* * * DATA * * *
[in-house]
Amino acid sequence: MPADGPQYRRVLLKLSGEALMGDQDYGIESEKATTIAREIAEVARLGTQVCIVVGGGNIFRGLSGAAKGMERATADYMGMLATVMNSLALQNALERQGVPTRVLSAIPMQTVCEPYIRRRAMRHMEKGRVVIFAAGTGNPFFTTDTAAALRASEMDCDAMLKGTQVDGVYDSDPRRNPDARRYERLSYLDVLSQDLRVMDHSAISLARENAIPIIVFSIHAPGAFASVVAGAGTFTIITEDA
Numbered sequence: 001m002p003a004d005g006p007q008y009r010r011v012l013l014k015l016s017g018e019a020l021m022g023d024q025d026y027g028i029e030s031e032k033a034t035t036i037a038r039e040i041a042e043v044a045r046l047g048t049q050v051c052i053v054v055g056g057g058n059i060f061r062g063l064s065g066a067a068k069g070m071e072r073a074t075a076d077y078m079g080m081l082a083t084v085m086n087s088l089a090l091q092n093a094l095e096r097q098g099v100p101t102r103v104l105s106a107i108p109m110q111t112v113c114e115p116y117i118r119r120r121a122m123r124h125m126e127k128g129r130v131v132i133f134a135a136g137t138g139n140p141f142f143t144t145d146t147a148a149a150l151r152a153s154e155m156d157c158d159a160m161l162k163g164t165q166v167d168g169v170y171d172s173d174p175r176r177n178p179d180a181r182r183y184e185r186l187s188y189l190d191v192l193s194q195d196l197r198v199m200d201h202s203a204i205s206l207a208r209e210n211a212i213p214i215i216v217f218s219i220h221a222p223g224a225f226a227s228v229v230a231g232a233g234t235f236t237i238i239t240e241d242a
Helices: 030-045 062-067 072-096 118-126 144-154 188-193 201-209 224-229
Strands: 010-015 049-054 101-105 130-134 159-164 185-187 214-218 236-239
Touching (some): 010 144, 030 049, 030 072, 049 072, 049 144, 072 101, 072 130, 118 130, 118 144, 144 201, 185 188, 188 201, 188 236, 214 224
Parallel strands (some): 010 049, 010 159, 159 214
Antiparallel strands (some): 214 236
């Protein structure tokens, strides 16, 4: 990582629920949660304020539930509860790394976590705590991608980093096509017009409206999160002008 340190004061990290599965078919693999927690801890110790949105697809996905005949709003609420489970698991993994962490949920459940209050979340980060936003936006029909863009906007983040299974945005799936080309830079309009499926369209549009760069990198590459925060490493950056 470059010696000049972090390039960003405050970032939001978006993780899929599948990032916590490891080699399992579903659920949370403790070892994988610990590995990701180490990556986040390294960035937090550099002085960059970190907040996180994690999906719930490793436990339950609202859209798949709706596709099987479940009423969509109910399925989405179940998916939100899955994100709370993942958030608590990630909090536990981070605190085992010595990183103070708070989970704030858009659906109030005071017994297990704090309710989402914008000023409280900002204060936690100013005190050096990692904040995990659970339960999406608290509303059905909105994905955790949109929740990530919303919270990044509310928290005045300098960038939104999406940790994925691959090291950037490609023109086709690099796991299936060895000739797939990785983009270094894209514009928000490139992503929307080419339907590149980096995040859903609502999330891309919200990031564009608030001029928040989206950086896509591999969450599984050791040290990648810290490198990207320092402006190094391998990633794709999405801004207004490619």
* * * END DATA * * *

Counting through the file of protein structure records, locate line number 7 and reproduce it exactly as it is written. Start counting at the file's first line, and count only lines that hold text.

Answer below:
Parallel strands (some): 010 049, 010 159, 159 214